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Structuring Dialogue Between the People and Their Representatives
 

Summary: Structuring Dialogue Between the People and Their
Representatives
Katie Greenwood, Trevor Bench-Capon, and Peter McBurney
Department of Computer Science
University of Liverpool
Liverpool, L69 7ZF, UK
k.m.greenwood,tbc,p.j.mcburney@csc.liv.ac.uk
Abstract. Conversations between citizens and their representatives may take a
number of forms. In this paper, we consider one of these -- letters between cit-
izens and representatives -- and explore the application of a well-known model
of dialogue types to these. We provide a method to give these types a precise
characterization in terms of the initial beliefs and desires of the participants, and
then explore one type, persuasion dialogues. This work commences the formal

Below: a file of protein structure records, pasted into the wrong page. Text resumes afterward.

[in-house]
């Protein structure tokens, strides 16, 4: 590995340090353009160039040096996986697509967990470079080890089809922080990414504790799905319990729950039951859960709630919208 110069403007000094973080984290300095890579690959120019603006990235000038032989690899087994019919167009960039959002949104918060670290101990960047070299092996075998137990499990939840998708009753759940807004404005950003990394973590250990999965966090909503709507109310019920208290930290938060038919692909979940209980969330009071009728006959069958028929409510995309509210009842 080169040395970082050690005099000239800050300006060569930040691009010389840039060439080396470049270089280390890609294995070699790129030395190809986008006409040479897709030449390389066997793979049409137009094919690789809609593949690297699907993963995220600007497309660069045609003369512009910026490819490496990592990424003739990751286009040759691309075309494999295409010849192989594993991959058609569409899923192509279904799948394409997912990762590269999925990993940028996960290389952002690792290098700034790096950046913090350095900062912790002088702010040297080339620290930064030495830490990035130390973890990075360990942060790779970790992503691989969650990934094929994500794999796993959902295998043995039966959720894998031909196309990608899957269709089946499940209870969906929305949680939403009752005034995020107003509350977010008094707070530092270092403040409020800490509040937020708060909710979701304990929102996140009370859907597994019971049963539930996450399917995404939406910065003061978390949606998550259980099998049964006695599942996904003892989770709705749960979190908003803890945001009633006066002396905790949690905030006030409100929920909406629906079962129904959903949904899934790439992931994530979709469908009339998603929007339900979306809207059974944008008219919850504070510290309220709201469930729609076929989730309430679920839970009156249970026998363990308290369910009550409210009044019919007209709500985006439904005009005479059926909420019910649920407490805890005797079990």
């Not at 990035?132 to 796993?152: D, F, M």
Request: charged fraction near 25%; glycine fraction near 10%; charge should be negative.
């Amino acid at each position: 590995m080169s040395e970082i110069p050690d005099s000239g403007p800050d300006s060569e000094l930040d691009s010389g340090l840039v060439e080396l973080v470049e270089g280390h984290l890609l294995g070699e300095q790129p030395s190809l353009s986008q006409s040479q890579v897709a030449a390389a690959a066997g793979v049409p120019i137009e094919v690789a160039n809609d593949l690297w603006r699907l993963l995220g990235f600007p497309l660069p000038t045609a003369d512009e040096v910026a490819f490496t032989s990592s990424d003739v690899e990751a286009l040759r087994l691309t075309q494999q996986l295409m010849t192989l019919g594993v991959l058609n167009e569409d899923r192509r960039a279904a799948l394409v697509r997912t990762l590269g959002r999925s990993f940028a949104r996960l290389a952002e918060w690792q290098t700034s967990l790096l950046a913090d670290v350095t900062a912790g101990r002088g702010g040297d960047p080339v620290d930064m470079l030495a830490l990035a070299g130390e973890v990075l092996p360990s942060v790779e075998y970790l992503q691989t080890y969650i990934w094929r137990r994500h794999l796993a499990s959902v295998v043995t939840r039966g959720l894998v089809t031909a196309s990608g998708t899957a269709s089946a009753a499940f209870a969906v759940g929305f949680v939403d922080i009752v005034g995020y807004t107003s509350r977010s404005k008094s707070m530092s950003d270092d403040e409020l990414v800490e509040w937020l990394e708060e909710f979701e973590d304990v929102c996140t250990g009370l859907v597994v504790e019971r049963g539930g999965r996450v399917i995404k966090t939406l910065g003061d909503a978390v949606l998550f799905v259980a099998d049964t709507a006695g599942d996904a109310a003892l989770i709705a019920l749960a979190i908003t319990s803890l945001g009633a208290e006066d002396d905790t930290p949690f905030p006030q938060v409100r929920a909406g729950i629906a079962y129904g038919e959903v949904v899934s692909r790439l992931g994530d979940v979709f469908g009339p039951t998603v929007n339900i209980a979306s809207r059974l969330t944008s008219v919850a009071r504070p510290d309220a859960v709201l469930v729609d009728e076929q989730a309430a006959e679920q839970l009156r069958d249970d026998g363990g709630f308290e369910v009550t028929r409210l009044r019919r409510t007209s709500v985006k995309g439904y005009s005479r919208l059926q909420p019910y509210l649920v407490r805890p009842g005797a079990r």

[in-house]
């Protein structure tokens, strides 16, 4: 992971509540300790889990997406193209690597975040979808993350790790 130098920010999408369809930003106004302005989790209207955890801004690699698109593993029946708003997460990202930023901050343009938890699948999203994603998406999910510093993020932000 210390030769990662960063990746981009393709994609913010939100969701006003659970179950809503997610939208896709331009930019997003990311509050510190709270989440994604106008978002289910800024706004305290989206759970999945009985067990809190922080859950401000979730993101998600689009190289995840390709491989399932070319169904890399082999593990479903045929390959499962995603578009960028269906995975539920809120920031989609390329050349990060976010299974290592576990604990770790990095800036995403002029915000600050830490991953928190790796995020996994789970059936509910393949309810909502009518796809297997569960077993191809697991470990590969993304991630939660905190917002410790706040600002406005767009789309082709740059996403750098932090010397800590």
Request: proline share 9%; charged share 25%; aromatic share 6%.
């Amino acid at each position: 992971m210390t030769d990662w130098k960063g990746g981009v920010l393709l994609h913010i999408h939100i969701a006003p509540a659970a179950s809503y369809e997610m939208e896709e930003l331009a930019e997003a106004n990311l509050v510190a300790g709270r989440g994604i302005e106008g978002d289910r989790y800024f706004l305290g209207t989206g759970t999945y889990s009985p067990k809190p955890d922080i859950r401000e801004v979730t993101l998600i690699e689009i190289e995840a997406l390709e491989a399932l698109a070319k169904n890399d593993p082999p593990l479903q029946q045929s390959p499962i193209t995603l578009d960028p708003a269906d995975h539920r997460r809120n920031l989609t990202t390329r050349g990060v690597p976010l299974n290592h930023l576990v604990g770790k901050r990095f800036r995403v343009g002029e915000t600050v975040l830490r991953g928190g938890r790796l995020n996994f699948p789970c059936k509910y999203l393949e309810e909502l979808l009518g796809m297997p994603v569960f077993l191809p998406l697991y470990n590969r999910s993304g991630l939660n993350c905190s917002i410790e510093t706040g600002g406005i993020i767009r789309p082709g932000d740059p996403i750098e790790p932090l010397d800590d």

modeling of citizen-representative interactions necessary for a fully electronic
democracy.
1 Introduction
An important feature of a democracy is that those who rule should be accessible and
accountable to those whom they rule. Citizens have the right to air their grievances and
to seek justifications of policy from their Government, either by direct approach to the
responsible Minister, or mediated through their elected representatives. Traditionally

  

Source: Atkinson, Katie - Department of Computer Science, University of Liverpool

 

Collections: Computer Technologies and Information Sciences